The Yigdal is a hymn (perhaps written around 1400, and sung in many Jewish traditions at morning and evening services) based upon the 13 Articles of Faith compiled by Moses ben Maimon (Maimonides), the medieval Sephardic rabbi, Torah scholar, philosopher, astronomer, and physician. Upon hearing the Yigdal sung in the Great Synagogue in London around 1763, the Methodist preacher Thomas Olivers (an associate of John Wesley’s) wrote an expanded and intentionally Christianized paraphrase of it, ‘The God of Abraham praise’ (parts of which are found at Hymn 401). This he published with the seventeenth-century melody used in that synagogue, written down for him by its cantor, Meier Leoni, by whose name the tune is now known.
In 1884, in Rochester, New York, the rabbi Max Landsberg asked a local Unitarian minister to make a closer, non-Christianized, translation of the Yigdal which both Jews and Christians could use. This version was revised by a successor Unitarian minister, William C. Gannett, to form the text we now know as ‘Praise to the living God’, Hymn 372. (It should be noted that, although Christians will read the term ‘Spirit’ in st. 3 in Trinitarian terms – the line ‘high-surging where it will’ recalling Christ’s saying ‘the wind/spirit blows where it will’ – the word being translated is Shefa, literally ‘flow’, or divine influence, as acknowledged in the predicate of the first line: ‘His Spirit floweth free…’).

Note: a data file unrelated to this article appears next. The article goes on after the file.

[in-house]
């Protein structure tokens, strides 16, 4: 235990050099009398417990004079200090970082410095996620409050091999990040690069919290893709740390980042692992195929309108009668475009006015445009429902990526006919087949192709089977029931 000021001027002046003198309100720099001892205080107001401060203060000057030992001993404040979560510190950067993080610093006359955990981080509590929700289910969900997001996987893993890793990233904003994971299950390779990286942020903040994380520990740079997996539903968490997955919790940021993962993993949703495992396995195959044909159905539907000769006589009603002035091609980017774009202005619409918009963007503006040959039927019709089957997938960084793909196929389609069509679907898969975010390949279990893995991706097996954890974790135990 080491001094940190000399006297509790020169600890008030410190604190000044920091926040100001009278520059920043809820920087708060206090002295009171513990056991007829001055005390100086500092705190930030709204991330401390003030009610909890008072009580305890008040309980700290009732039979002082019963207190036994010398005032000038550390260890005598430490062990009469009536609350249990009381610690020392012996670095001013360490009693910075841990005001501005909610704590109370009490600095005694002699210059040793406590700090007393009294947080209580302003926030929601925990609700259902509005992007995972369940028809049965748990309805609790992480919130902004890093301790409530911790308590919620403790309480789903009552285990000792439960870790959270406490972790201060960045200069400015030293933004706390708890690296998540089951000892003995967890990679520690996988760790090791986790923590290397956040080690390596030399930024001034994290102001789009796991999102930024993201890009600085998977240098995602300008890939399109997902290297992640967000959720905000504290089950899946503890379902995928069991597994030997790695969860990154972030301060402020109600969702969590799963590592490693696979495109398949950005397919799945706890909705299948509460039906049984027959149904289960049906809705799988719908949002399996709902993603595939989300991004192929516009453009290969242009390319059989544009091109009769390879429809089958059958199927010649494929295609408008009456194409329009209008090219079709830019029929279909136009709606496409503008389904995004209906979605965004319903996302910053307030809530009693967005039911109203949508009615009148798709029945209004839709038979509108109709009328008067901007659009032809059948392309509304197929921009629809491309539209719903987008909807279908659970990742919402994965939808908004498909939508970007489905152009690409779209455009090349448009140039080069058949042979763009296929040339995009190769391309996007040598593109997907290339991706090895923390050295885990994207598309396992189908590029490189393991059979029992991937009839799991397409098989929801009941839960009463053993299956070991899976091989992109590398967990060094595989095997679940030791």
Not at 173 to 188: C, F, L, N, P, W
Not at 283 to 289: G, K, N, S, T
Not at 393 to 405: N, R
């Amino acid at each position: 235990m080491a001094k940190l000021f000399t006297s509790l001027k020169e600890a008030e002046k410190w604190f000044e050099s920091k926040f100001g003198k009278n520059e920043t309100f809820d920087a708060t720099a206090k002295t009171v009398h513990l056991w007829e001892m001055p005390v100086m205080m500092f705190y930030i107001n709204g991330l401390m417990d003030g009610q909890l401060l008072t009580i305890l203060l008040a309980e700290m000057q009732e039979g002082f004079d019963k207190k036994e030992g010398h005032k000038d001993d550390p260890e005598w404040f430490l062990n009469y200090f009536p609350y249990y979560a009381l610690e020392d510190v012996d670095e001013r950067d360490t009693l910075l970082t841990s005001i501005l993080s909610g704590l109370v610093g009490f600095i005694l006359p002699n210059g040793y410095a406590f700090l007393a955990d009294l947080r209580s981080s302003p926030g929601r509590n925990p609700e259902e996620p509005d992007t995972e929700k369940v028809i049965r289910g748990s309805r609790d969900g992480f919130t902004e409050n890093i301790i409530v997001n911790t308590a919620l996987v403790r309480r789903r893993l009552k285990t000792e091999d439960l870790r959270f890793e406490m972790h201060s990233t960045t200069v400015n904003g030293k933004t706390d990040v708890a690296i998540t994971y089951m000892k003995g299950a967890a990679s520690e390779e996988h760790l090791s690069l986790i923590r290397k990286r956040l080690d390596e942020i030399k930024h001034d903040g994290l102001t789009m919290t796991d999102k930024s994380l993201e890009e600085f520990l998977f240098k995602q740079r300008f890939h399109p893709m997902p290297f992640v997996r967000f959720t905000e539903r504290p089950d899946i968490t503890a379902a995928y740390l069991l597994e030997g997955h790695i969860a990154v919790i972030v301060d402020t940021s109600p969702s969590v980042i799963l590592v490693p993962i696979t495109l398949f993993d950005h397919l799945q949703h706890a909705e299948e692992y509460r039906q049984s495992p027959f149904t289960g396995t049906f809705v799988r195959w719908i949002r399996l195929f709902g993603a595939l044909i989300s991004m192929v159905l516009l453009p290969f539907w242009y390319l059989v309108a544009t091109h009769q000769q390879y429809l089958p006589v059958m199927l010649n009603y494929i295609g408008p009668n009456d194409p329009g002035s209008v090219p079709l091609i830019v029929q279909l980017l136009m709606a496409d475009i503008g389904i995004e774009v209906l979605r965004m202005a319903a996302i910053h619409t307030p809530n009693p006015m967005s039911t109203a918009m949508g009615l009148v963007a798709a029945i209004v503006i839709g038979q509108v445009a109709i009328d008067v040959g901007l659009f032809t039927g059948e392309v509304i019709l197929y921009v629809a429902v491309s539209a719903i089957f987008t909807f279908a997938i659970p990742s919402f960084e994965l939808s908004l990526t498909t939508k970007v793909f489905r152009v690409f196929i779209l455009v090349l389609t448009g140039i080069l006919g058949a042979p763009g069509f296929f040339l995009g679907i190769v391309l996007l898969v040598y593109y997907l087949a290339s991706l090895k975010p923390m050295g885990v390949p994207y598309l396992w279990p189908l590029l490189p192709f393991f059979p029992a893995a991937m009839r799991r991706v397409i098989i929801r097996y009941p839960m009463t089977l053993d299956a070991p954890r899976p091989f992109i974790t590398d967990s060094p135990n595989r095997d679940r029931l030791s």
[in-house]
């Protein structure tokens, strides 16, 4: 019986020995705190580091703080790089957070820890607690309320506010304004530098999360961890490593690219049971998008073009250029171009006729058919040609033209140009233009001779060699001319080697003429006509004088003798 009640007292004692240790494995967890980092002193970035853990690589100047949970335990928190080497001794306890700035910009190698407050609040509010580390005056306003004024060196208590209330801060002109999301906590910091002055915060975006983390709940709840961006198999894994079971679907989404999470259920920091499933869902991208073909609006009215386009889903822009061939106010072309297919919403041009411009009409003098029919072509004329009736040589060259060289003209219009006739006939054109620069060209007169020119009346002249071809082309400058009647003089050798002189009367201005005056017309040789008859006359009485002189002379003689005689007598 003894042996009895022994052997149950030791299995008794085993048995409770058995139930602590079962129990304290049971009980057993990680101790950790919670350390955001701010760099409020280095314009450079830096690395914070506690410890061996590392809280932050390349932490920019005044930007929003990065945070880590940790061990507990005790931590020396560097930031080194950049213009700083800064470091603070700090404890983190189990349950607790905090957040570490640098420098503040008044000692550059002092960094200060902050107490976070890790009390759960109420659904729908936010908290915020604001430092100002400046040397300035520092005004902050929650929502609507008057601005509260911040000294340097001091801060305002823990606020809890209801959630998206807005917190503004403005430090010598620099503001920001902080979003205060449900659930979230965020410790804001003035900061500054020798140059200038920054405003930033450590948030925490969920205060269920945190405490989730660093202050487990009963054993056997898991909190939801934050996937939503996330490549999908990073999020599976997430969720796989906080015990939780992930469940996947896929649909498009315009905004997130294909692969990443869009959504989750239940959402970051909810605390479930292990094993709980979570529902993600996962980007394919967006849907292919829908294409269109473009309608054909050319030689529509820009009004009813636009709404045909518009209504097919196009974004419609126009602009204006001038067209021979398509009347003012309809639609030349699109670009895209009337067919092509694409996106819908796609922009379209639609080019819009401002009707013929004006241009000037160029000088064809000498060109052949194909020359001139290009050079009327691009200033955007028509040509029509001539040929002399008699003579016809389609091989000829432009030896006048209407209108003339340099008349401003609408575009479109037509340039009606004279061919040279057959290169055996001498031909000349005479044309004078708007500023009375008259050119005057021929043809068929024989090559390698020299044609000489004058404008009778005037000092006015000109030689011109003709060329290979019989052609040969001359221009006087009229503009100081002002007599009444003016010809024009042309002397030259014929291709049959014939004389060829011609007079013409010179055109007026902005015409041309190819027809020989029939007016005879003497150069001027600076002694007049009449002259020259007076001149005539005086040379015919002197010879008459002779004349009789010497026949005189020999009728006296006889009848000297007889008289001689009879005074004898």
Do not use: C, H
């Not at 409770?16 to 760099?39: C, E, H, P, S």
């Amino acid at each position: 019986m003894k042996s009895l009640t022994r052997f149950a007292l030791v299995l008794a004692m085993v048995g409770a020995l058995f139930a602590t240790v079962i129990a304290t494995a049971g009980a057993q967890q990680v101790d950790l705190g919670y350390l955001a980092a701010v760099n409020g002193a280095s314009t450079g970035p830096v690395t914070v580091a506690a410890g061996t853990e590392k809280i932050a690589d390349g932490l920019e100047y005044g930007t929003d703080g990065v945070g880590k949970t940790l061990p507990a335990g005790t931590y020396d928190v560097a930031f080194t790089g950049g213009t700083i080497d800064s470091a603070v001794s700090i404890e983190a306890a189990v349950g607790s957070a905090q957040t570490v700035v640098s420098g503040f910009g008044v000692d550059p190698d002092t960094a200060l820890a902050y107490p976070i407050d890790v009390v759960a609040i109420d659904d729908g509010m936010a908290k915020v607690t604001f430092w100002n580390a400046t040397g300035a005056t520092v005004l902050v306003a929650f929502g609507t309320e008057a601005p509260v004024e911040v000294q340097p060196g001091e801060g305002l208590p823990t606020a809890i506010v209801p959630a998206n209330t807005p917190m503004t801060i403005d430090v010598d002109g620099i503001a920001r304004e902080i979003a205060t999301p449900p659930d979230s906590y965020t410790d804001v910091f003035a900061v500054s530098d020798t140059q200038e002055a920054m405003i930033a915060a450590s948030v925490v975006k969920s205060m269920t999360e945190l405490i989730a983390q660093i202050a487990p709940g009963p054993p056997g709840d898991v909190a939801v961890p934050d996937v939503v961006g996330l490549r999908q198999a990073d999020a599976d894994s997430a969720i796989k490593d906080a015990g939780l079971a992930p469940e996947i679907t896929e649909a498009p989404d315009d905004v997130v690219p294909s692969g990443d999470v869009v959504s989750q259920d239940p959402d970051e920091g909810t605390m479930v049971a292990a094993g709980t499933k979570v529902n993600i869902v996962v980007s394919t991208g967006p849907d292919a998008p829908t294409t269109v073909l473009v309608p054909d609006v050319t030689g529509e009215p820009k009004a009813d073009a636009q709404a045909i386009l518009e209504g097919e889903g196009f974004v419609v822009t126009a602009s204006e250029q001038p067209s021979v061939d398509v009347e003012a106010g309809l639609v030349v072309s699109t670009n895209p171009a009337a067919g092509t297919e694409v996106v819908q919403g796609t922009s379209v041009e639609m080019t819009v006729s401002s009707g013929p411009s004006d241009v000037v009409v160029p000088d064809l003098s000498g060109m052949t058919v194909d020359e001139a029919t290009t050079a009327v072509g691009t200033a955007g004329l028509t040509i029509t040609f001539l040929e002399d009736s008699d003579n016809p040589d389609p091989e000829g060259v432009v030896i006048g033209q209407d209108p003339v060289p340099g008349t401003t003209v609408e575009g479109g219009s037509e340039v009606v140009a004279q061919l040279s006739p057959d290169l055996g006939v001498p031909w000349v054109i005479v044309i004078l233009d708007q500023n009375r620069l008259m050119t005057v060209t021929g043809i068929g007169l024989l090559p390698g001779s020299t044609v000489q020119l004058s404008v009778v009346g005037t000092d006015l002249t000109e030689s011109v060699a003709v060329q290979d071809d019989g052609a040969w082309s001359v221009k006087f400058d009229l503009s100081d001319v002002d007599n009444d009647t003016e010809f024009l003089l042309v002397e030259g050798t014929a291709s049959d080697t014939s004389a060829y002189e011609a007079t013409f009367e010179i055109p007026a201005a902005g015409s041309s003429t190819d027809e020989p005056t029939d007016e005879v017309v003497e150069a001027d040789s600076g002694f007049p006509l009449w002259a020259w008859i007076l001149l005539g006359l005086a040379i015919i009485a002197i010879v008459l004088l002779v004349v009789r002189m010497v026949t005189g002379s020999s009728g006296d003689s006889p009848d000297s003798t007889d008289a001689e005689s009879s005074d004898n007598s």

The repetition of the first couplet of the hymn at its end is a particularly effective evocation of the eternity of God, which is the very subject of that couplet, and the whole describes powerfully both the radical transcendence of God and the ways in which Creation reflects and depends upon its Creator.